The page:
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OTHER VOICES: South Dakota teacher pay and COVID money

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2021 Tri-State Governors' Conference

South Dakota Gov. Kristi Noem speaks during the Tri-State Governors' Conference in South Sioux City on July 12.

The news that South Dakota is once again 50th in the country in teacher pay (ahead of only Mississippi) feels both terribly frustrating and completely unsurprising.

South Dakota had been dwelling near the bottom of this list for decades until the state approved a special one-time increase four years ago that finally allowed those wages to be lifted a bit from the depths. While this was a welcome turn of events, it was also recognized by many that this couldn’t be a one-off action, that it needed to be bolstered annually in order to keep the state’s teacher pay relatively attractive as well as competitive with surrounding states …

And here we are again.

Meanwhile, a report issued Monday by the School Financial Accountability Board (SFAB) found that 21 schools in the state are in excess of their cash reserve thresholds. However, there will be no penalty for this until 2023 while federal COVID-19 pandemic funds are available to the state. Area schools on this list include Irene-Wakonda, Scotland and Viborg-Hurley.

According to the Forum News Service, “In a normal year, such districts would need to apply for a waiver, which can be given as ‘the result of special circumstances,’ according to state statute. … But earlier this year, the SFAB approved a blanket waiver for all districts as three separate tranches of federal funding came into the state from Washington, D.C., to aid with costs associated with the coronavirus.”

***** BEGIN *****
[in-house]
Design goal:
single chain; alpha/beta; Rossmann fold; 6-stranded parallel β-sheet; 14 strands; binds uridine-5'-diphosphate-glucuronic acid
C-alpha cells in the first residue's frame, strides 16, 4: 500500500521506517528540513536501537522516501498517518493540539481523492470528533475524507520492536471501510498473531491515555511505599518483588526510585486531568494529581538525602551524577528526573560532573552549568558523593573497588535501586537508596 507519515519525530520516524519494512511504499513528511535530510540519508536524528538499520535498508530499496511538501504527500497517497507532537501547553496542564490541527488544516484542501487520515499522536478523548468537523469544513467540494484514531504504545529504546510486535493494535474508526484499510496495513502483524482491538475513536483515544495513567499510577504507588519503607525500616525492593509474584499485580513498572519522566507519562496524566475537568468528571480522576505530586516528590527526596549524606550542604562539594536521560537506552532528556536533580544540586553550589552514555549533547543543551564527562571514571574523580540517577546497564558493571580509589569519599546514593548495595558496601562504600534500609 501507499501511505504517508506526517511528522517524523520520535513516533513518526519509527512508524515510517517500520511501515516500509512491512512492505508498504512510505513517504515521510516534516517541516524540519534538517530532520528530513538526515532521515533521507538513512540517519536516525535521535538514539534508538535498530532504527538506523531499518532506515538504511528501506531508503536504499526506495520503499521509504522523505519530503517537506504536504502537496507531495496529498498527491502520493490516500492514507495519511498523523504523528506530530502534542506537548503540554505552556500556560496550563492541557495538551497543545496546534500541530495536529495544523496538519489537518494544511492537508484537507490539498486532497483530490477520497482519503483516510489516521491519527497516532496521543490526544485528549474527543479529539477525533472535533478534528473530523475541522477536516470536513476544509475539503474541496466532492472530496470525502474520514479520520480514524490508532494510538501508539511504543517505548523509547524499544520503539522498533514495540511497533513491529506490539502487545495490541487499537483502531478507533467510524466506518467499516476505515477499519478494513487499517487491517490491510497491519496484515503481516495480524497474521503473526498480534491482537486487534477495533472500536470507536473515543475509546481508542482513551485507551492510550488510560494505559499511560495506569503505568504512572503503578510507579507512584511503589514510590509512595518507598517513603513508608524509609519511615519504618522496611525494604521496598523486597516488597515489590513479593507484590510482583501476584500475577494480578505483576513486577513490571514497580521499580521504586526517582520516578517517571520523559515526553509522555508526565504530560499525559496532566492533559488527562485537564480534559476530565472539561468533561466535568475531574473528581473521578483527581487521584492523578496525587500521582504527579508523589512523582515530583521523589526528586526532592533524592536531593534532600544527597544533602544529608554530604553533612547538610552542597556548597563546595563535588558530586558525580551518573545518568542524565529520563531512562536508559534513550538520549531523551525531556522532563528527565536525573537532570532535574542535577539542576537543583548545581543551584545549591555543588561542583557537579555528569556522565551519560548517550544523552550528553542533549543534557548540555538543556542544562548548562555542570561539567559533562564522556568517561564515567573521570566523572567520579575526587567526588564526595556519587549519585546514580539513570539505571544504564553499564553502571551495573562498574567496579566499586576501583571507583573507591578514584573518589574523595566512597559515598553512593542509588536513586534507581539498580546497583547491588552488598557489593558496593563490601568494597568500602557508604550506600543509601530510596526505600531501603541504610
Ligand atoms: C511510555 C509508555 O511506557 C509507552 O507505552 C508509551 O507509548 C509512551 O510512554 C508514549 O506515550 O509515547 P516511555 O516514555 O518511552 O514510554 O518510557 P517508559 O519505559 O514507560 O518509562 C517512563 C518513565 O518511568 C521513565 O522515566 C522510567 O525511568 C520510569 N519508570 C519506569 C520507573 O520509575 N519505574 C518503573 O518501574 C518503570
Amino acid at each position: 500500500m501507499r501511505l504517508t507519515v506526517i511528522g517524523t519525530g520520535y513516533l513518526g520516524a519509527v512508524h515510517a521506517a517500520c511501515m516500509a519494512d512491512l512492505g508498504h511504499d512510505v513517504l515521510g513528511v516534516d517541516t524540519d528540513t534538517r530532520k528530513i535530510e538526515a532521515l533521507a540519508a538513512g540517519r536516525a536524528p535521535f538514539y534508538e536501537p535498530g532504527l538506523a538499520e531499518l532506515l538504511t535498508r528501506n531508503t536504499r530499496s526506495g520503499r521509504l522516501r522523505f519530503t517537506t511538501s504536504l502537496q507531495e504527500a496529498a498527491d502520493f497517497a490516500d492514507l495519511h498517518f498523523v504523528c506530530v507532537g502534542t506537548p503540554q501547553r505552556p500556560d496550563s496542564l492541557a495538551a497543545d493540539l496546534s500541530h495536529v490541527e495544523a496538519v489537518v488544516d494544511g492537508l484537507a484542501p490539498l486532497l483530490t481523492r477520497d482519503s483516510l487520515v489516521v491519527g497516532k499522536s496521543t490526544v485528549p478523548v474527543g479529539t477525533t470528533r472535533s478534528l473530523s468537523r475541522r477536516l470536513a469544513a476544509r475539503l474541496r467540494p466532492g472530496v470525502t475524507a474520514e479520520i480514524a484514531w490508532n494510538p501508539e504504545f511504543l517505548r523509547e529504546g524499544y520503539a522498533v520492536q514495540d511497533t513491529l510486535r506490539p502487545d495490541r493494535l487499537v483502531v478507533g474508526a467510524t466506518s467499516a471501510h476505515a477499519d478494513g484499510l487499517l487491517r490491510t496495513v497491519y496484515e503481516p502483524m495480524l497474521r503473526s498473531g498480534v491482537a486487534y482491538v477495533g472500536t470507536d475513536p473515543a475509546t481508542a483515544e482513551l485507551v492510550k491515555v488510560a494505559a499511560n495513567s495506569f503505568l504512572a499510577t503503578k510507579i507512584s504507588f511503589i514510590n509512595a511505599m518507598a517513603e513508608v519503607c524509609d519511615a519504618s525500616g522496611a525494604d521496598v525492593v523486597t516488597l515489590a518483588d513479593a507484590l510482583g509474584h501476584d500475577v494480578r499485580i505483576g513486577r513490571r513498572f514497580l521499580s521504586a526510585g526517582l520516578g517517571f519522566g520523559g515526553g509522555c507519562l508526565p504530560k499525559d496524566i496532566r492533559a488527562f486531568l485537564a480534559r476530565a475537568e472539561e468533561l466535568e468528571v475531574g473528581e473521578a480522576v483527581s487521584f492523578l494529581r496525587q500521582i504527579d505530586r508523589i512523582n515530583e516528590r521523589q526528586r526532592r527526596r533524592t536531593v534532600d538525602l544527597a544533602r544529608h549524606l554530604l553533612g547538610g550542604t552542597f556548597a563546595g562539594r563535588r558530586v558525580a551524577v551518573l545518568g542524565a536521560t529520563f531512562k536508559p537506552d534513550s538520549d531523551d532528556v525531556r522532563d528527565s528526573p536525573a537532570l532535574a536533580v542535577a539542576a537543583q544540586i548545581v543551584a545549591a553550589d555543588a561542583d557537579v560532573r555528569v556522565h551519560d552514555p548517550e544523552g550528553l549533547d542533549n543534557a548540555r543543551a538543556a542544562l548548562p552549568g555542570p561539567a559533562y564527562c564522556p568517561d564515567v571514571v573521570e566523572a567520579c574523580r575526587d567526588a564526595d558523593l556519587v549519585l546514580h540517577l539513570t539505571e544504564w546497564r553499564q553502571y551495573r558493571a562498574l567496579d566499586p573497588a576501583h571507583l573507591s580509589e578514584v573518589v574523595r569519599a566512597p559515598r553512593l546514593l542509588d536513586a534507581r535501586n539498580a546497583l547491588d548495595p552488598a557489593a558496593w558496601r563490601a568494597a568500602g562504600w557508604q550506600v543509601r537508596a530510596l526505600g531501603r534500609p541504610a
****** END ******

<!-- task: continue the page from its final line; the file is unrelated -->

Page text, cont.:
Given the extraordinary circumstances, it’s understandable, and each of these districts likely faced demands that have led to this situation.

However, in a broader sense, it also draws attention to the fact that a lot of money has flowed into the state via pandemic funding. So, why couldn’t it be used to bolster teacher pay?

As you know, officials in Pierre often proclaim how well the South Dakota economy has come out of the pandemic. Recently, Gov. Kristi Noem announced a plan for the state to use nearly $1 billion in pandemic relief aid on infrastructure projects. (It’s not going toward expanding COVID vaccination efforts, which are lagging in this state and leave its residents open for new waves of misery, but that’s another issue for another time.)

Since COVID money is being used on infrastructure (which does need help), it wouldn’t be the worst time to point out that education is infrastructure, too, and our teachers are part of that.

Teachers and school districts had to go above and beyond the norm during the onset of the pandemic to educate children through distance learning. Not only that, educators also faced infection risks in schools where masking and vaccination were probably spotty at best. It was a lot to ask of teachers, and they came through. You could call that an extraordinary situation, too.

As such, it might be reasonable to use some of that pandemic money to help boost teacher pay again. Yes, it would be just a one-time fix — we’ve been down that road before — but if that’s what it takes to at least move the needle in the right direction every now and again, then so be it.

This is an opportunity that shouldn’t be overlooked, and hopefully, it will be on the table during the next legislative session.

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